A late-onset Pompe diagnosis explained my childhood insecurities

A columnist makes sense of all the physical challenges he faced growing up

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by Dwayne Wilson |

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Whenever it was time to play dodgeball in my elementary school years, I was always picked last. Growing up, I wasn’t physically gifted. I couldn’t run, and I moved slowly. For a kid, my balance was uncharacteristically off. Despite being raised in Southern California, I was unable to surf, skateboard, or roller-skate. My feet needed to be secure on the ground at all times.

As I entered my teenage years, I found myself unable to do a pullup or even attempt the monkey bars. During physical education class, I couldn’t do pushups or situps. I failed at all school physical activities when it came time for testing. No one wanted me on their team for baseball, basketball, or even to play tag.

Although I was the tallest and biggest kid in my grade year after year, I was still chosen last. I was slow to react and always out of breath. My parents thought I might be good at soccer. Since I couldn’t run, the coach made me a goalie. Why not have the biggest kid standing in front of the goal? Well, that was an epic failure, as I couldn’t move fast enough to stop the balls from flying by. Sports and me just didn’t mesh. I always felt that the other kids were looking down on me.

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Doing the unthinkable and sitting on the floor with Pompe disease

In high school, I felt I was weaker than the other students. I couldn’t bench-press more than one plate on either side of the bar, while others did twice as much. In my mind, my upper-body strength was weak, and I was overweight.

It was then that my self-esteem took a nosedive. I was always self-conscious about how I looked and how weak I was for a big guy. I became a loner and had just a couple of friends. I always felt different, like something was wrong with me. Why couldn’t I just be normal like the other kids? My dreams of being a professional football player faded away.

Looking back, it all makes sense

Fast forward 35 years, and I was having problems climbing stairs and standing up from a seated position. I started struggling to breathe while lying down. These serious symptoms had me looking for answers, which I finally got in November 2018 at age 50 when I was diagnosed with late-onset Pompe disease.

As I learned more about Pompe, all my feelings and physical challenges from childhood started to make sense. I realized why I could never run, jump, or do a pullup.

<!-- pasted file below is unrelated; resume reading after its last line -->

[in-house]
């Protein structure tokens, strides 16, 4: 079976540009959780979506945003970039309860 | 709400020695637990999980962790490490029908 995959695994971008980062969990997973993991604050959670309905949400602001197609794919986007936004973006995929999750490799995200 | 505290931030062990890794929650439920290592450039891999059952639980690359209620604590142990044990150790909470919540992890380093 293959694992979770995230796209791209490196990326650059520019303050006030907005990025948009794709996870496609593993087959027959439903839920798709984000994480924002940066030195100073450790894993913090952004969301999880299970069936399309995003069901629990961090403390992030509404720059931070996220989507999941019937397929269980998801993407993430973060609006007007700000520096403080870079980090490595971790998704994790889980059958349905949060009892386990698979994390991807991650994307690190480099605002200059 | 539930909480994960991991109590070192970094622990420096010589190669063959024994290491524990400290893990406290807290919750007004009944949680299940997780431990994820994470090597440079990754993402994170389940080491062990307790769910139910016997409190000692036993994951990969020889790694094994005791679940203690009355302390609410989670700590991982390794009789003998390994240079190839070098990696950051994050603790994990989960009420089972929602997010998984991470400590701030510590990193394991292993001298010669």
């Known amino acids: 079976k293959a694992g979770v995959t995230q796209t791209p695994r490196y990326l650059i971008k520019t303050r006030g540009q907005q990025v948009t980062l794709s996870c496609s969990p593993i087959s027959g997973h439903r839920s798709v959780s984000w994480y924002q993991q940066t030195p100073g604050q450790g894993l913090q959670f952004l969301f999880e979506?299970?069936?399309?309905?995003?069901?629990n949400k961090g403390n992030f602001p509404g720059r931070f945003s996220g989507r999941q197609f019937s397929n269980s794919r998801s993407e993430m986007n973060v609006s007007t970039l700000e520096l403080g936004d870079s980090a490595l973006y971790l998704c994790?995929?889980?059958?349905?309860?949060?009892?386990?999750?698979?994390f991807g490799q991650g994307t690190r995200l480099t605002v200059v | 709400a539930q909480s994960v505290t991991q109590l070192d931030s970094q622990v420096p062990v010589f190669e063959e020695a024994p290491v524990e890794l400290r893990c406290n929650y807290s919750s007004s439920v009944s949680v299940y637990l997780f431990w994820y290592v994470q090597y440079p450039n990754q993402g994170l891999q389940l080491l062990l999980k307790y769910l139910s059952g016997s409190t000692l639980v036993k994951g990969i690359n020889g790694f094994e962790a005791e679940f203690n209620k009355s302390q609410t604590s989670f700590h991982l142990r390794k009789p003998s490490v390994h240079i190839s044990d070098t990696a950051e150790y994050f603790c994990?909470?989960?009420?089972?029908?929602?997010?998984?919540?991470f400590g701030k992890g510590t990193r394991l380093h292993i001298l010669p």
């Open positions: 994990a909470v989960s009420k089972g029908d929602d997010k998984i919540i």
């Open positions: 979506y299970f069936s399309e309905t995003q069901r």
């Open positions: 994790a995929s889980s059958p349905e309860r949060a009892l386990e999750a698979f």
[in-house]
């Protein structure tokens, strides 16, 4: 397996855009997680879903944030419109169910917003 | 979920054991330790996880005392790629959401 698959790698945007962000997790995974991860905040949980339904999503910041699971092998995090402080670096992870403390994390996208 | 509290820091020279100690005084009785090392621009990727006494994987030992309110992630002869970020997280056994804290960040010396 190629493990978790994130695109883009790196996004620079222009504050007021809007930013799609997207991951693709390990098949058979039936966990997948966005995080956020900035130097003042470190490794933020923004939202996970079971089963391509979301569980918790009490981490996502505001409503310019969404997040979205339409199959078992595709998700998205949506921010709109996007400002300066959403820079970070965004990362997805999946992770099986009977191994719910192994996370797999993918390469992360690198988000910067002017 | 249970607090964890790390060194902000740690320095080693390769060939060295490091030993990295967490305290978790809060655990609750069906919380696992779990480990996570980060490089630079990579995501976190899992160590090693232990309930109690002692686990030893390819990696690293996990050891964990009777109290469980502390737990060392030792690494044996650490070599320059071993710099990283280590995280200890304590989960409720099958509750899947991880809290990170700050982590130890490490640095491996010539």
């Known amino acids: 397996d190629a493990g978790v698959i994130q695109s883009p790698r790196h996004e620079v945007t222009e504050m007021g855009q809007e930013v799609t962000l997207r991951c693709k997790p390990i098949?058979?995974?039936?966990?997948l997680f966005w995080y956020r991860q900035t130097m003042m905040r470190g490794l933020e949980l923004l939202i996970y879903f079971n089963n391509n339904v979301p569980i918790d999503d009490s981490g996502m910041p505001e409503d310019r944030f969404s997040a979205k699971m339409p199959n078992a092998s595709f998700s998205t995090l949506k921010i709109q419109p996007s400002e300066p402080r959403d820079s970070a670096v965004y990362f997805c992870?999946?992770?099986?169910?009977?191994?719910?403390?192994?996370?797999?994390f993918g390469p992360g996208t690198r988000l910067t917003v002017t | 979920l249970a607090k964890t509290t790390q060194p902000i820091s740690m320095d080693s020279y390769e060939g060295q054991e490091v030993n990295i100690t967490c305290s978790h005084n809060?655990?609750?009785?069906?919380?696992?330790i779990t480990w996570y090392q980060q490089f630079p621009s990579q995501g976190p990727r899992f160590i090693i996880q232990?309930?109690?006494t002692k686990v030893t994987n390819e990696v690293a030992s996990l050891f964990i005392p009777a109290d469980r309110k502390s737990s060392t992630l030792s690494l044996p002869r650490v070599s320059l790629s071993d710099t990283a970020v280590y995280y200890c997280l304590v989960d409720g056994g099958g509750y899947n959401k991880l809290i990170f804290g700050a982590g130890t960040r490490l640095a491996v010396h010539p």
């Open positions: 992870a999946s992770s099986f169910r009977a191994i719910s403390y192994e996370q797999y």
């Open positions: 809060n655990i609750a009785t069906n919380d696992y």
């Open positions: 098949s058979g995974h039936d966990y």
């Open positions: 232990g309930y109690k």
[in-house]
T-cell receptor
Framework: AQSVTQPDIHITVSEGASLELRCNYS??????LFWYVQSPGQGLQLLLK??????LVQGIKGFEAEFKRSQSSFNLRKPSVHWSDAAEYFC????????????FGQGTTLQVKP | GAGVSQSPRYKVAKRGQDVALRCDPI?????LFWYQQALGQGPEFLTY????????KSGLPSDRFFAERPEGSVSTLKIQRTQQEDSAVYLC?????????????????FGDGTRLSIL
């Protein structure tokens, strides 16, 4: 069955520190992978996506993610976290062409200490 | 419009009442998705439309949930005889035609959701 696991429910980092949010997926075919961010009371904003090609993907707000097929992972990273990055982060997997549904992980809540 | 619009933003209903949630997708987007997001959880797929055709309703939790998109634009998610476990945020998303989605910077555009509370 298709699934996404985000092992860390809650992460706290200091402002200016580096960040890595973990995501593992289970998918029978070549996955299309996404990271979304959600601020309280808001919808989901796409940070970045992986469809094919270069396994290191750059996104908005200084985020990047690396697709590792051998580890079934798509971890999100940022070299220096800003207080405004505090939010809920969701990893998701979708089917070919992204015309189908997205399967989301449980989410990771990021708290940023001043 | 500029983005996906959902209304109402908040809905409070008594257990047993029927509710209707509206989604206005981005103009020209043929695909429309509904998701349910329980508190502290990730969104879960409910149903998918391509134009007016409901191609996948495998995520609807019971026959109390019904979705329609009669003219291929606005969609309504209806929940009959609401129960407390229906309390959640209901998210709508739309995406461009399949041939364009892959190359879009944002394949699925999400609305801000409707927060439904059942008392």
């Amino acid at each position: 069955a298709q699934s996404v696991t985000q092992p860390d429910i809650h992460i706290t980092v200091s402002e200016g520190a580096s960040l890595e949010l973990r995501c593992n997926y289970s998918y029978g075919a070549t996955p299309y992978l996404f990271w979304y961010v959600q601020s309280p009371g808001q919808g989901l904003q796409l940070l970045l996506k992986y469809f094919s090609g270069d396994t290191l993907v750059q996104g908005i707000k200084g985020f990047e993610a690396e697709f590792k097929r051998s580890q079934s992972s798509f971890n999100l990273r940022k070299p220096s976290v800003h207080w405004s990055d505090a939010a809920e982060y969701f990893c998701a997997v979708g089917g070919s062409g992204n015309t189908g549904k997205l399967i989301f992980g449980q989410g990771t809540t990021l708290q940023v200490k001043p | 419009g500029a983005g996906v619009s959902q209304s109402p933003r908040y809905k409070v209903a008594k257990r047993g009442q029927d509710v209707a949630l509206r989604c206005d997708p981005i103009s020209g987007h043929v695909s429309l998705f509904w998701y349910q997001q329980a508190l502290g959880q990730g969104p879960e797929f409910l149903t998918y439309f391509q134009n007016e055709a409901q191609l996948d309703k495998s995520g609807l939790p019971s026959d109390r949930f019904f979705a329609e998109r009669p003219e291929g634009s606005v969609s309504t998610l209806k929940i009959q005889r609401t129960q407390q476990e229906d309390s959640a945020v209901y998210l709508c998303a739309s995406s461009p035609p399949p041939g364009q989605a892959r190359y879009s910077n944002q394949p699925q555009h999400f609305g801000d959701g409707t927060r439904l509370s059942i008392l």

Thanks to genetic testing, I discovered that I was born with two gene mutations. These inhibit the function of my acid alpha-glucosidase enzyme, preventing my body from being able to break down glycogen, particularly in my muscle cells. The result is weakening muscles throughout my body.

Now that I know what’s been causing all my physical issues, I can decide how to move forward. I realized that how I react to my diagnosis is key to living my best Pompe life. Being positive helps me accomplish more and makes life more fun!

I can’t change the past, or who didn’t pick me for their teams, but I can be in control of the present and have hope for the future. Knowing is half the battle, and I won’t go down without a fight. I may have Pompe, but Pompe doesn’t have me. Looking in the rearview mirror helps me explain a lot, but my eyes are on the journey ahead. I keep moving forward “On the Road to Pompe” because every movement counts.

Note: Pompe Disease News is strictly a news and information website about the disease. It does not provide medical advice, diagnosis, or treatment. This content is not intended to be a substitute for professional medical advice, diagnosis, or treatment. Always seek the advice of your physician or other qualified health provider with any questions you may have regarding a medical condition. Never disregard professional medical advice or delay in seeking it because of something you have read on this website. The opinions expressed in this column are not those of Pompe Disease News or its parent company, BioNews, and are intended to spark discussion about issues pertaining to Pompe disease.


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